Revisiting Visitas



We know them now as chapels. In our cities, they are tucked in between homes or at dead-end streets. They come alive when used for wakes in barangays, or when Maytime comes and the Flores de Mayo (a feast that is presently interchangeable with Santacruzan) is observed.


Generations though have always known and have thus called these chapels as either visita or ermita. The labels or concepts are carryover from the Spanish occupation when during the spread of the Catholic faith, the main church was situated in the center of the town and the priests there conducted visits to the outlying villages. The act of visiting transformed these far locations to visitas. To, more or less, establish their presence in these places, the Catholic authorities ordered constructions of small chapels, which with the act of visiting, were conflated into that single term, visita.


Distinctly, these chapels were dubbed ermita or hermitage, a reference to its then remote or secluded site, in reference to the centrally located pueblo or parroquia.


These chapels apparently were important already even then. In some accounts, for example, it has been written how church authorities would demand that the process for elevating the place from a visita, with its own ermita, should attain first the status of a pueblo civil, before it became a parroquia.


It is propitious then that a research, with an endowment from the Mother Butlers’ Guild Mission (MBGB), has allowed us to visit these ermitas. With Ms. Nely Diaz, a Nagueña as its National President and Mrs. Josefina Guazon as Naga Cathedral Chapter President, the MGBG fund has allowed Kristian Sendon Cordero and me to initiate a systematic study of these humble venues of faith.


What functions do chapels serve at present? In the main town of Buhi, for example, where the church is accessible practically to all, except those who live beyond the lake, the ermita is a center of worship for the people. More appropriately, these quasi-churches decenter faith and bring a religion closer to homes. There is a palpable sense of intimacy between a chapel and two homes that flank it. It becomes wondrously and with such customariness a church for the people.


No more is the feeling of awe that automatically, and instinctively nurtured by hundreds of years of evangelization, one has for the church. Rud0lf Otto’s “mysterium tremendum et fascinans – the fearful and fascinating mystery – is reserved for the Church. A differing openness devoid of terror and puzzlement marks the chapel.


No wonder that the chapel has many uses. It is the original multipurpose hall of a village. Meetings of religions associations are held there as well as gatherings put up by the barangay. Representatives of the central government – of a city or town – would seek permission to use the place for information dissemination. Neutral despite the religious character and a refuge, the chapel encourages orderly and peaceful gatherings.


Who shouts invectives while San Roque is there behind you displaying his sacred wound, an iconography of affliction and healing? Who dares curse in front of San Vicente Ferrer with his benign wings ready to fly him away from disbelievers?


This brings us to the other focus of our study: the Patron Saints enshrined in their respective ermitas.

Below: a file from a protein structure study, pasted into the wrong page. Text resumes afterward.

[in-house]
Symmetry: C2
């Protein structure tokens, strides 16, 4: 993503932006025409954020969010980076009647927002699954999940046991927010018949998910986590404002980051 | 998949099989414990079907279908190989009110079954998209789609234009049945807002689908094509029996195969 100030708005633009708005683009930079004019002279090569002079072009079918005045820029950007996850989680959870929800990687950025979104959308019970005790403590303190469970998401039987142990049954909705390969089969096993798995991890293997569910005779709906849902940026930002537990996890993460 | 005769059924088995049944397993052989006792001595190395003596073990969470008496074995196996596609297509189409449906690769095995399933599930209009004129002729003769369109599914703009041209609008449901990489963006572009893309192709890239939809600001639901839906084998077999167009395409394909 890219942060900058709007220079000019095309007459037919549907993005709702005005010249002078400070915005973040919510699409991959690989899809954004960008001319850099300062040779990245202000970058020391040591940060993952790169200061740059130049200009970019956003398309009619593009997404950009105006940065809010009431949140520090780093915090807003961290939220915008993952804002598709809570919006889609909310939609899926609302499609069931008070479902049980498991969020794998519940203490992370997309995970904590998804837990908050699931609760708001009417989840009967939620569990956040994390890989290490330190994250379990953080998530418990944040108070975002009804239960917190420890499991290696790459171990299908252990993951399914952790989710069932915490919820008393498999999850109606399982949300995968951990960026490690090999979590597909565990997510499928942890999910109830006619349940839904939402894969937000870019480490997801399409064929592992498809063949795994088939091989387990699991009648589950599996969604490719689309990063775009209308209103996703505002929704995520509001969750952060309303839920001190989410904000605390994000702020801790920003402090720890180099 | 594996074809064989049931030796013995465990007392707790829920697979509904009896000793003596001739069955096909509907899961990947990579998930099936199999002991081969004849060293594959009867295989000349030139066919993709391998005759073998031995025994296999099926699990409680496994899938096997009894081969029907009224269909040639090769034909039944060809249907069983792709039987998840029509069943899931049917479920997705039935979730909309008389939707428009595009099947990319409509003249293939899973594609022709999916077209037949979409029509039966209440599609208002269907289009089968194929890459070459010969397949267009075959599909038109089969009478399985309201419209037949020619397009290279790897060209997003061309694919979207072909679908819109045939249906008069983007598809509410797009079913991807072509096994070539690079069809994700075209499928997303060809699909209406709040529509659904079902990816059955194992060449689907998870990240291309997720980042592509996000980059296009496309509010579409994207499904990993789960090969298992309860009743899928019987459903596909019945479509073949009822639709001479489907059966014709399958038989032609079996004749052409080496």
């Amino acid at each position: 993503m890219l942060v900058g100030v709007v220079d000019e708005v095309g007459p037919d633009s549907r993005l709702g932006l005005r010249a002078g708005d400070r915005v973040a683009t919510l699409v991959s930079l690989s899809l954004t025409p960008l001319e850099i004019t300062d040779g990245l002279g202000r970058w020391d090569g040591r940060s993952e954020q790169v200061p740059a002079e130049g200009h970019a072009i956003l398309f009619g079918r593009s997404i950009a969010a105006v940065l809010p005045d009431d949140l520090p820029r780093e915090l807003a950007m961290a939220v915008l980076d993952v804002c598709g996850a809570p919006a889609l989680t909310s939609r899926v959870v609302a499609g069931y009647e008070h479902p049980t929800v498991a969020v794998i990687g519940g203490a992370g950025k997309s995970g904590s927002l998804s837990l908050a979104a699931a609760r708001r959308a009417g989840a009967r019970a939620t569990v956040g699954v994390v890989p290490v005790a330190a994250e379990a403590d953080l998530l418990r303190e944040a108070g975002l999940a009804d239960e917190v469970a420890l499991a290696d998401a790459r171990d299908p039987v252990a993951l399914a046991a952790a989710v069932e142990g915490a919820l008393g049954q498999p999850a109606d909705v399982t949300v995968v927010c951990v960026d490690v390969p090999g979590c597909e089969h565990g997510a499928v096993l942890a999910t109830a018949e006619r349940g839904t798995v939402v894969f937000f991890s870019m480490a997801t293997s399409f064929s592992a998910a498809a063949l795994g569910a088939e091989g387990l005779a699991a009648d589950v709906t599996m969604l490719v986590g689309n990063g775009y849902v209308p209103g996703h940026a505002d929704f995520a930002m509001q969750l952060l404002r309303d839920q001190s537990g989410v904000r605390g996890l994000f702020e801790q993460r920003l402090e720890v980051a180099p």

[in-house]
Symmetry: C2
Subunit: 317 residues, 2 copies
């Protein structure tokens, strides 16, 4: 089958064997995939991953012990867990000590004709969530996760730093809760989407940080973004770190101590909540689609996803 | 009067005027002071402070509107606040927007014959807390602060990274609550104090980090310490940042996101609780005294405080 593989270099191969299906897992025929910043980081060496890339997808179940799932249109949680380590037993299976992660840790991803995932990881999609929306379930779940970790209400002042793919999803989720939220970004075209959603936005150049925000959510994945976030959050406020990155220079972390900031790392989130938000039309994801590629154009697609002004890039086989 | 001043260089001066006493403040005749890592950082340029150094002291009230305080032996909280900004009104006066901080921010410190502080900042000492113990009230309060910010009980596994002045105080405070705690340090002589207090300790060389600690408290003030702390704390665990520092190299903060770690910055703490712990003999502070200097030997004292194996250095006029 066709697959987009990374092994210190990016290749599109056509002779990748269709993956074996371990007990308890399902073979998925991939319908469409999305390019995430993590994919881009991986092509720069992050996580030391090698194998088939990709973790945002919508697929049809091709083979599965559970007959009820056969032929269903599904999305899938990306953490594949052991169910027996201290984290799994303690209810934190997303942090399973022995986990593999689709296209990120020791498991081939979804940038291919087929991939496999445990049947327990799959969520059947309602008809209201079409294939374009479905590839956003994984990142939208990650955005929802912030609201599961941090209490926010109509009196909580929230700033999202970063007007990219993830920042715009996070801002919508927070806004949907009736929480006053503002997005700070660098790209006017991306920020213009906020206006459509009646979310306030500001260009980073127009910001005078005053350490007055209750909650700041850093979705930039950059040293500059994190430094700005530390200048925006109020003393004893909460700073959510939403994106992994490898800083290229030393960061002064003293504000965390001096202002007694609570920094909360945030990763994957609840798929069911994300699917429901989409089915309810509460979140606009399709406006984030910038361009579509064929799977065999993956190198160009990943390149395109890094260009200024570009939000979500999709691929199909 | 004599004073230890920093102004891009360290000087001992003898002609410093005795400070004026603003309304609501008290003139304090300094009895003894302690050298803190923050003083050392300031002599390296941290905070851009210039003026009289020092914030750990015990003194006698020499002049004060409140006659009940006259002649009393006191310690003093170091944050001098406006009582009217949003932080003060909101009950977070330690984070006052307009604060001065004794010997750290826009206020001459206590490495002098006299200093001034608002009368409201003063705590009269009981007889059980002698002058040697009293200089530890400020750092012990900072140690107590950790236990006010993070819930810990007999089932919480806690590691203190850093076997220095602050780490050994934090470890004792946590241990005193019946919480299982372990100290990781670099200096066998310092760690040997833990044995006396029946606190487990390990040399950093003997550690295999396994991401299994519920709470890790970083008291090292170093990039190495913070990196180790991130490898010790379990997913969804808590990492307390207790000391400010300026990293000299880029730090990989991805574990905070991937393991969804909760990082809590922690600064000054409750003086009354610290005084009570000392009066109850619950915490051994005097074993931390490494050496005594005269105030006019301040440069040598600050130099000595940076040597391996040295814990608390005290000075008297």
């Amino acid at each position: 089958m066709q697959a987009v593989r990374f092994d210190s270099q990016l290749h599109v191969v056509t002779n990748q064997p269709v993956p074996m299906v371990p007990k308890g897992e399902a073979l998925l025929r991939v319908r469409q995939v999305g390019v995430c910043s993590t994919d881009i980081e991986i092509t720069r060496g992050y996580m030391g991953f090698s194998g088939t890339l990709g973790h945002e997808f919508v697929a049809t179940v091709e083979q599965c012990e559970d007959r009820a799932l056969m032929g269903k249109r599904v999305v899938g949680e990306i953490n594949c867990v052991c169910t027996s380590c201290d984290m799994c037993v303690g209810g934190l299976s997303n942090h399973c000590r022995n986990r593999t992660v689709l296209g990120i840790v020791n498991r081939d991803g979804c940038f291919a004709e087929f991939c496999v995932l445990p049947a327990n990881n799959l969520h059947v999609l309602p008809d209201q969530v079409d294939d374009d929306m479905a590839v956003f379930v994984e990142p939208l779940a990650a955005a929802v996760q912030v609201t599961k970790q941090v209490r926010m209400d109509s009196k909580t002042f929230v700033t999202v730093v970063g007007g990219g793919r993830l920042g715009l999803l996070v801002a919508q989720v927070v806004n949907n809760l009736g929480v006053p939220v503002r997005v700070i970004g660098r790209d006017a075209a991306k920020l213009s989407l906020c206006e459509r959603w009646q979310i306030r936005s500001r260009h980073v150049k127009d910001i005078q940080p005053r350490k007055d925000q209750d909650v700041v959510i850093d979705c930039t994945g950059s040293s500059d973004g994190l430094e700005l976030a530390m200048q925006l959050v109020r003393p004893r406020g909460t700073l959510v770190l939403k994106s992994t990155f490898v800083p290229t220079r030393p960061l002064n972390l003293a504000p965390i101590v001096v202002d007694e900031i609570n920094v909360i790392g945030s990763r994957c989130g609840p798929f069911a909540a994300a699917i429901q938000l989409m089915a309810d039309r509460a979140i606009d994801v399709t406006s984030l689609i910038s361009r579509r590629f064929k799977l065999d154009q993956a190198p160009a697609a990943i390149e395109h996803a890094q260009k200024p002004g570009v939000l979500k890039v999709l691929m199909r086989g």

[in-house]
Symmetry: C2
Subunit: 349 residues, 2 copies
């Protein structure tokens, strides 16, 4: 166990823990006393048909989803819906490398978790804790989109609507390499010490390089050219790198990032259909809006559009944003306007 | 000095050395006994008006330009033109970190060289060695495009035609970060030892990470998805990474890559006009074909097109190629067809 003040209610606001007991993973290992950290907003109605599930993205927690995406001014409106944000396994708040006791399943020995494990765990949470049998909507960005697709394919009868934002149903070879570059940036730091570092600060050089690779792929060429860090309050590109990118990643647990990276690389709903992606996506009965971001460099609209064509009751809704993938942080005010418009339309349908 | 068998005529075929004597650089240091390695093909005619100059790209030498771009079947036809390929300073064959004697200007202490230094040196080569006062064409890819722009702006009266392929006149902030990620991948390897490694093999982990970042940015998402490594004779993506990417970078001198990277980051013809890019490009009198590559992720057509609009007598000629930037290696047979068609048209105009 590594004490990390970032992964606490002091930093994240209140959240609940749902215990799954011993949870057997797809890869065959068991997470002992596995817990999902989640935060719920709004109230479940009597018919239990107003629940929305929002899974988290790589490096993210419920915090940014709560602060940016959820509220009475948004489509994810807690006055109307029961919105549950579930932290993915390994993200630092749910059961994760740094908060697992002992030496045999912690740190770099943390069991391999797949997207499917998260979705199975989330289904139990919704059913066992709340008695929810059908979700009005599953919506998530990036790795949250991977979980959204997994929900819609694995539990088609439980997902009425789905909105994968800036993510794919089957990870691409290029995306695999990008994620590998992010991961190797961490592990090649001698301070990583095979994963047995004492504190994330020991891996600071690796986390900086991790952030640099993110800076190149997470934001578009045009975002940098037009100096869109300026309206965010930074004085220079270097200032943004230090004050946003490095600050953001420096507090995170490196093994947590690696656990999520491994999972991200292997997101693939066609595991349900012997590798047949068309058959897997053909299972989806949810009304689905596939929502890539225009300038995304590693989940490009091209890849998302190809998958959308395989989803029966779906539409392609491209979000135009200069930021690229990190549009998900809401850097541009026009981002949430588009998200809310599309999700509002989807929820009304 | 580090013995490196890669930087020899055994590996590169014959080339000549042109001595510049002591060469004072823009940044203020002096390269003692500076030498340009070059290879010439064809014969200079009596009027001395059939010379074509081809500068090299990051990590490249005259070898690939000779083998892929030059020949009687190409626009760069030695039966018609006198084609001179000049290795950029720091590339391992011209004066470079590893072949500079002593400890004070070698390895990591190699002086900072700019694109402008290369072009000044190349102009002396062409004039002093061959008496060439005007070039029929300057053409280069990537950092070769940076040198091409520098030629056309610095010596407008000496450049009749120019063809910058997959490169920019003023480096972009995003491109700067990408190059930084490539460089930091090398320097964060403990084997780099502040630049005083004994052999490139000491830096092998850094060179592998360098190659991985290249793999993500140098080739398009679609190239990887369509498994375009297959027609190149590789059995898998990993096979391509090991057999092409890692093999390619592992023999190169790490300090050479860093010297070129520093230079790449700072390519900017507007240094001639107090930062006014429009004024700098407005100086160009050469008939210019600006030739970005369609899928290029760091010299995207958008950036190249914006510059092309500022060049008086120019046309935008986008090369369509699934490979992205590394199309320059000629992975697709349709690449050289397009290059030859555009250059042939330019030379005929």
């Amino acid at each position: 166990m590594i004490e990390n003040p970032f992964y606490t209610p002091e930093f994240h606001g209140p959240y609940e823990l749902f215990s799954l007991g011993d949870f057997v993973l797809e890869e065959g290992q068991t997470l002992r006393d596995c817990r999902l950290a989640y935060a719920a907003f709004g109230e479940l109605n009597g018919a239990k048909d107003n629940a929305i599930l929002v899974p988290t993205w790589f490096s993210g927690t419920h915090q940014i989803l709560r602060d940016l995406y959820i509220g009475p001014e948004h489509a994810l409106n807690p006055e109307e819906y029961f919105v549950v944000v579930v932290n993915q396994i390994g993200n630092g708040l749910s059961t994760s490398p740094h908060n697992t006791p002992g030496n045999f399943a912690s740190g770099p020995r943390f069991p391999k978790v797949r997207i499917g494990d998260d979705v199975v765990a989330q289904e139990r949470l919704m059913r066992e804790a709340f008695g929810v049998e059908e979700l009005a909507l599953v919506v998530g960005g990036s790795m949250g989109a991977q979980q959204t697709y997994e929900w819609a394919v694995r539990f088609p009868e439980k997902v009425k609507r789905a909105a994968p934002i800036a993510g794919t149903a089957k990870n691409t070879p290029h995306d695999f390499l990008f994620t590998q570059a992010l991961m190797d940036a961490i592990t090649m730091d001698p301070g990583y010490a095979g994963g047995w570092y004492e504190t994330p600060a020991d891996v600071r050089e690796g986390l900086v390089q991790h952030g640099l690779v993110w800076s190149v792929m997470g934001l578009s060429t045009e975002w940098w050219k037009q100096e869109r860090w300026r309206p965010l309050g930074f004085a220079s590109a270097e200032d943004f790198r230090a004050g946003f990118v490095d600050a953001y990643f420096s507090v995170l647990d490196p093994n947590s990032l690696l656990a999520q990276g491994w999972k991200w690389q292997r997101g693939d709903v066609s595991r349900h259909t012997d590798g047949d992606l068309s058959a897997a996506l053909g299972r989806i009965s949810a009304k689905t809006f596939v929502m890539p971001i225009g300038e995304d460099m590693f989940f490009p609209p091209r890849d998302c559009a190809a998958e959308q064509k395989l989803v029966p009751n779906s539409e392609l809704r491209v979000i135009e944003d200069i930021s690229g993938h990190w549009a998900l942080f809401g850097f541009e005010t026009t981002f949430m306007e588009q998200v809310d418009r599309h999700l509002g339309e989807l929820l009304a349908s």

At first, we wanted simply to document the iconographies of these saints. This means noting how they are presented across villages, towns and settings. We aim to note on how the religious imaginary persists and sustains itself through centuries. Is there a San Vicente de Ferrer without wings? Is San Isidro always accompanied by a cow? What distinguishes San Pablo from San Pedro? Are Marian manifestations prevalent in the region?


With due respect to the sacral, we are even venturing into popularity of Patron Saints. Who is the most favored, and, it follows, the most popular? Like all good researches, the difficult probing question, why, cannot be avoided.


As of this writing, we still have to visit more sites. What is becoming doubly interesting though in this research is how we are seeing a pattern in the location of the chapels and the designation of patron saints in them.


In Camaligan, the Evangelistas are found in chapels that were built on one street. When you see the chapel of San Marcos, the next chapel going west to the river enshrines another of the four Evangelists, San Mateo, and so on.


In Bell, Magarao, we came upon four woman praying loudly the Rosary to our Lady of the Porteria. We dared not disturb them. It was when one of them looked to our direction that Kristian made a sign that we were there to take photographs. The nod was enough for him to walk up slowly the altar and document the San Pedro and San Pablo.


In other chapels, we noticed how the main statue of the Patron Saint would be accompanied by a smaller icon of the same saint: the main San Antonio de Padua would have a miniature version below him; a San Roque would have a smaller representation beside him. It is as if the people through their chapel are narrating something and, by emphasis and clarity, repeating their stories.


These ermitas relate narratives about how people view religion from below. When there is a preponderance of San Roque, it is because in the past, people looked to this saint of epidemics and diseases to save them. Even as they did this, their Patron Saint (wh0 was not San Roque) remained stable and strong in the middle, the seat of attention, only implicitly humbled by the Crucifix looming above them all.